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Chapter 5.12 : Extended-Spectrum Beta-Lactamase Testing for Escherichia coli, Klebsiella pneumoniae, Klebsiella oxytoca, and Proteus mirabilis
Extended-Spectrum Beta-Lactamase Testing for Escherichia coli, Klebsiella pneumoniae, Klebsiella oxytoca, and Proteus mirabilis, Page 1 of 2< Previous page Next page > /docserver/preview/fulltext/10.1128/9781555818814/9781555818814_Chap5.12-1.gif /docserver/preview/fulltext/10.1128/9781555818814/9781555818814_Chap5.12-2.gif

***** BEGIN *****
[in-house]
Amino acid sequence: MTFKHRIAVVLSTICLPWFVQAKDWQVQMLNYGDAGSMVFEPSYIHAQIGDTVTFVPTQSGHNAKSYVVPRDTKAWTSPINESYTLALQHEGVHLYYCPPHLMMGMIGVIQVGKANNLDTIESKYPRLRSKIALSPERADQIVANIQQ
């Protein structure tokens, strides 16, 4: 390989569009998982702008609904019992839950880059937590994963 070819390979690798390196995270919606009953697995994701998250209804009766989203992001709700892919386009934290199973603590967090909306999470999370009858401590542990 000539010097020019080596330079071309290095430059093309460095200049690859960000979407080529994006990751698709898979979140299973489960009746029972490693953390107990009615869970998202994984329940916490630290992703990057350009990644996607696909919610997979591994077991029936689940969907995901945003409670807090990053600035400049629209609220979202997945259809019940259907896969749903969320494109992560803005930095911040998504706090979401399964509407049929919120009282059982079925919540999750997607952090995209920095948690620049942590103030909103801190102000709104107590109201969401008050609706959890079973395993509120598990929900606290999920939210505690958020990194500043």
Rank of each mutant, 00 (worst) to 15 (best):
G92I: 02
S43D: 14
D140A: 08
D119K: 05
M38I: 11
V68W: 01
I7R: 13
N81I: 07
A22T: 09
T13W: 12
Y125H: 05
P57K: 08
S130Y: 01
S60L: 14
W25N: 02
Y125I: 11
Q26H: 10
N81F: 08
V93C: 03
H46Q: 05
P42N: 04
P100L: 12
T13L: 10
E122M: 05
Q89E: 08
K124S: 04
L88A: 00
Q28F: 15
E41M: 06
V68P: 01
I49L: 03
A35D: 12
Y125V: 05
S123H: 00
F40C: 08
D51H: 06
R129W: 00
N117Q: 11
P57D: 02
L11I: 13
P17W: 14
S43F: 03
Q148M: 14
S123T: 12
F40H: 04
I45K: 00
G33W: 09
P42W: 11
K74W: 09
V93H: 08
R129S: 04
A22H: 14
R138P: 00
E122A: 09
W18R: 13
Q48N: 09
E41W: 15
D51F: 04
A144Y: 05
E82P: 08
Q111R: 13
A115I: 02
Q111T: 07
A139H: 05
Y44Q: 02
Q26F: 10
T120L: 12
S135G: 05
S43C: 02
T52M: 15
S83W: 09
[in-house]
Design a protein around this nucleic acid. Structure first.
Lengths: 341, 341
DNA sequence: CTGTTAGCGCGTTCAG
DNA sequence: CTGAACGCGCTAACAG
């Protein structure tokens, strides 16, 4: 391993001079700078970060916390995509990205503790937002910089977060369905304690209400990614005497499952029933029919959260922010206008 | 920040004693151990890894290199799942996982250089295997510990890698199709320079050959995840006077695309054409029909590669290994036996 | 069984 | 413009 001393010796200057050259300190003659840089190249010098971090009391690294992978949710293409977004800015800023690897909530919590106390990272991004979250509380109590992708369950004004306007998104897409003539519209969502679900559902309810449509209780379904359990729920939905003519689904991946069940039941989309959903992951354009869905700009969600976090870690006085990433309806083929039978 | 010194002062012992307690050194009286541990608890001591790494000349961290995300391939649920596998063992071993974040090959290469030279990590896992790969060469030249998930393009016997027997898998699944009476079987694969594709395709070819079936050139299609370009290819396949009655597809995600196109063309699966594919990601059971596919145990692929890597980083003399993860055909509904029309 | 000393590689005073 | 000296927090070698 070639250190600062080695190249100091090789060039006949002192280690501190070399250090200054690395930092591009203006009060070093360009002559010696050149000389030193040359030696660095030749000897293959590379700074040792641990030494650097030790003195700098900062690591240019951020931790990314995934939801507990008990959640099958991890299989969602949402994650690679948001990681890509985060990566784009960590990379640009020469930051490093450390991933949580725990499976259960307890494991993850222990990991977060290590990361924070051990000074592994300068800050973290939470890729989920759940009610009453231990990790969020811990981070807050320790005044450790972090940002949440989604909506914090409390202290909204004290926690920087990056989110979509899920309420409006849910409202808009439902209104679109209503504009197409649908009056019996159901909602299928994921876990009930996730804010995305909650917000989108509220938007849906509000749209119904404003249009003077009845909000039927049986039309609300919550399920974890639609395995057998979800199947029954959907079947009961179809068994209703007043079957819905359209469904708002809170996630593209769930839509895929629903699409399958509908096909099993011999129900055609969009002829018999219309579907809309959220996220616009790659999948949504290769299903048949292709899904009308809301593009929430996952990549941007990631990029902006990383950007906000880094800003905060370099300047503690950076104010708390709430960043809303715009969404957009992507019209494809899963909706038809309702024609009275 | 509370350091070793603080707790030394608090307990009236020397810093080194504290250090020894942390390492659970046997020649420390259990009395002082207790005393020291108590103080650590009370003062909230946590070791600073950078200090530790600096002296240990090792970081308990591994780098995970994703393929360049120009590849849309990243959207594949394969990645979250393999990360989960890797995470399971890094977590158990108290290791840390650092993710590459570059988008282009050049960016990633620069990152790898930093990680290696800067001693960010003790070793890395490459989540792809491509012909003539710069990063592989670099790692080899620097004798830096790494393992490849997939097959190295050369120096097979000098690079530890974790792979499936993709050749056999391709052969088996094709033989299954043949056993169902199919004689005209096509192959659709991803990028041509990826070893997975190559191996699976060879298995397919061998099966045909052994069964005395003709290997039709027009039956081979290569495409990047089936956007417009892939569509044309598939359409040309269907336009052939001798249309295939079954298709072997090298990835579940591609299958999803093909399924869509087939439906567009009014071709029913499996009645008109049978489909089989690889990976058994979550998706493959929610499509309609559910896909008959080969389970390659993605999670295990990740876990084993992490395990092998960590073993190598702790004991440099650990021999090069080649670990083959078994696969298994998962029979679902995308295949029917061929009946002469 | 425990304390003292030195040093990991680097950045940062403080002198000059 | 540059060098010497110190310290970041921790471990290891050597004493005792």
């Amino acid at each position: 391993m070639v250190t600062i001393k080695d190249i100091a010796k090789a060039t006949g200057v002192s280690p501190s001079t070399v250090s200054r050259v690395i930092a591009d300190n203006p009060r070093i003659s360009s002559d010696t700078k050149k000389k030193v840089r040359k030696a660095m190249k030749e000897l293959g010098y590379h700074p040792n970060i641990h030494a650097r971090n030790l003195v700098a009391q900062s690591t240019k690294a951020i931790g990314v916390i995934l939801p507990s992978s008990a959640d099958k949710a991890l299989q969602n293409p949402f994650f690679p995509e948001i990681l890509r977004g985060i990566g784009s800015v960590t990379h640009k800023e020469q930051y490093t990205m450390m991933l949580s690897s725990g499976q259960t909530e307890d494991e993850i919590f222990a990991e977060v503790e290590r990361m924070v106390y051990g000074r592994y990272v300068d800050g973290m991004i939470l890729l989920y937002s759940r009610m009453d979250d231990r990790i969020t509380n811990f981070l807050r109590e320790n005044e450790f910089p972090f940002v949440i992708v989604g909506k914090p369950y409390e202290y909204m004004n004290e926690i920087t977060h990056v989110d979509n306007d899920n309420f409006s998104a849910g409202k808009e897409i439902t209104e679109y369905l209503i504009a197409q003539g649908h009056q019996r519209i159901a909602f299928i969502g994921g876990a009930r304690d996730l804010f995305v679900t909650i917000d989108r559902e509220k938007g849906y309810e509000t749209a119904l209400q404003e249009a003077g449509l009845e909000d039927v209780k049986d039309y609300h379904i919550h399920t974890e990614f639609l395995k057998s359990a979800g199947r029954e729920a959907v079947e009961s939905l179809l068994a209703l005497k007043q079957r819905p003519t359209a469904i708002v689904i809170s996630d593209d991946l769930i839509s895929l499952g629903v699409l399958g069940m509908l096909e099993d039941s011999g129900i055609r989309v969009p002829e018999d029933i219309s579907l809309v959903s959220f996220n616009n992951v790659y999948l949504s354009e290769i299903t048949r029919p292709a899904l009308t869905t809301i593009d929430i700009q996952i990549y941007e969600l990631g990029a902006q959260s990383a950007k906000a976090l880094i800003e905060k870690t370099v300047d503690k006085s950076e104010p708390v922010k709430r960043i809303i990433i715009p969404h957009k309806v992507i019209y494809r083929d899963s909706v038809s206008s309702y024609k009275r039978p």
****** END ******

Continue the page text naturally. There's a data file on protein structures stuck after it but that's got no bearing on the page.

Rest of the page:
Extended-spectrum beta-lactamases (ESBLs) are enzymes that hydrolyze or inactivate extended-spectrum cephalosporins, aztreonam, and expanded-spectrum penicillins. ESBLs are derived from point mutations in the genes that encode common beta-lactamases such as TEM-1, TEM-2, or SHV-1, which confer resistance to penicillins but not to extended-spectrum cephalosporins. The mutations of these common beta-lactamases extend the spectrum of beta-lactam antimicrobial agents that are hydrolyzed to include those with an oxyimino side chain (such as cefotaxime, ceftriaxone, and ceftazidime). The oxyimino-monobactam aztreonam is also hydrolyzed by ESBLs. However, ESBL enzymes do not hydrolyze carbapenems and generally do not hydrolyze cephamycins (such as cefoxitin and cefotetan). ESBL activity is blocked by beta-lactamase inhibitors such as clavulanic acid, and laboratory tests for confirming ESBL-producing bacteria are based on this property. The phenotypic ESBL confirmatory test can be performed by disk diffusion or by a broth microdilution MIC method. Commercially available ESBL Etest strips may also be used for ESBL confirmatory testing (see “Procedure Notes” below).